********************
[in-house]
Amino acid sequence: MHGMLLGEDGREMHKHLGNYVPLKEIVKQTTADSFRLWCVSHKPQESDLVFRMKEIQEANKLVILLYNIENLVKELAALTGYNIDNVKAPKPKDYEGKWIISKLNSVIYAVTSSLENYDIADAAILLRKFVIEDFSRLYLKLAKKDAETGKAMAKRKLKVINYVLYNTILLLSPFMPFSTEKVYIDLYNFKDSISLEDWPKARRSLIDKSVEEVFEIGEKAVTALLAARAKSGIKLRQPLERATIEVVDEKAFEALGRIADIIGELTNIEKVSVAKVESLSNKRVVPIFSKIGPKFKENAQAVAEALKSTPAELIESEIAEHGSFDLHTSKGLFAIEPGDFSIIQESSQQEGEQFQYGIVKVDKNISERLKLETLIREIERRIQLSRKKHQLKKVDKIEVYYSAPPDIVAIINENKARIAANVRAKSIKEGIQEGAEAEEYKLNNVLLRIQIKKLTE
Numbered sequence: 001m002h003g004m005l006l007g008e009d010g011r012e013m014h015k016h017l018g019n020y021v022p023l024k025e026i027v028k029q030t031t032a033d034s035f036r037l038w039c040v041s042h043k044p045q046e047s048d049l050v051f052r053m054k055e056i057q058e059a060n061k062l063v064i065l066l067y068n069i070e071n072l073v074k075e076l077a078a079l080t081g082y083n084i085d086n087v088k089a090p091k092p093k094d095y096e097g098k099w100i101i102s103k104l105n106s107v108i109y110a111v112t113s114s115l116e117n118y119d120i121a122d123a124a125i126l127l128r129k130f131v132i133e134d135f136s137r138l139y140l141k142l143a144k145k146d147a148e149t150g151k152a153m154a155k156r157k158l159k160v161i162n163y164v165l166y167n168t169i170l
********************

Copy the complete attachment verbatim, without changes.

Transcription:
[in-house]
Amino acid sequence: MHGMLLGEDGREMHKHLGNYVPLKEIVKQTTADSFRLWCVSHKPQESDLVFRMKEIQEANKLVILLYNIENLVKELAALTGYNIDNVKAPKPKDYEGKWIISKLNSVIYAVTSSLENYDIADAAILLRKFVIEDFSRLYLKLAKKDAETGKAMAKRKLKVINYVLYNTILLLSPFMPFSTEKVYIDLYNFKDSISLEDWPKARRSLIDKSVEEVFEIGEKAVTALLAARAKSGIKLRQPLERATIEVVDEKAFEALGRIADIIGELTNIEKVSVAKVESLSNKRVVPIFSKIGPKFKENAQAVAEALKSTPAELIESEIAEHGSFDLHTSKGLFAIEPGDFSIIQESSQQEGEQFQYGIVKVDKNISERLKLETLIREIERRIQLSRKKHQLKKVDKIEVYYSAPPDIVAIINENKARIAANVRAKSIKEGIQEGAEAEEYKLNNVLLRIQIKKLTE
Numbered sequence: 001m002h003g004m005l006l007g008e009d010g011r012e013m014h015k016h017l018g019n020y021v022p023l024k025e026i027v028k029q030t031t032a033d034s035f036r037l038w039c040v041s042h043k044p045q046e047s048d049l050v051f052r053m054k055e056i057q058e059a060n061k062l063v064i065l066l067y068n069i070e071n072l073v074k075e076l077a078a079l080t081g082y083n084i085d086n087v088k089a090p091k092p093k094d095y096e097g098k099w100i101i102s103k104l105n106s107v108i109y110a111v112t113s114s115l116e117n118y119d120i121a122d123a124a125i126l127l128r129k130f131v132i133e134d135f136s137r138l139y140l141k142l143a144k145k146d147a148e149t150g151k152a153m154a155k156r157k158l159k160v161i162n163y164v165l166y167n168t169i170l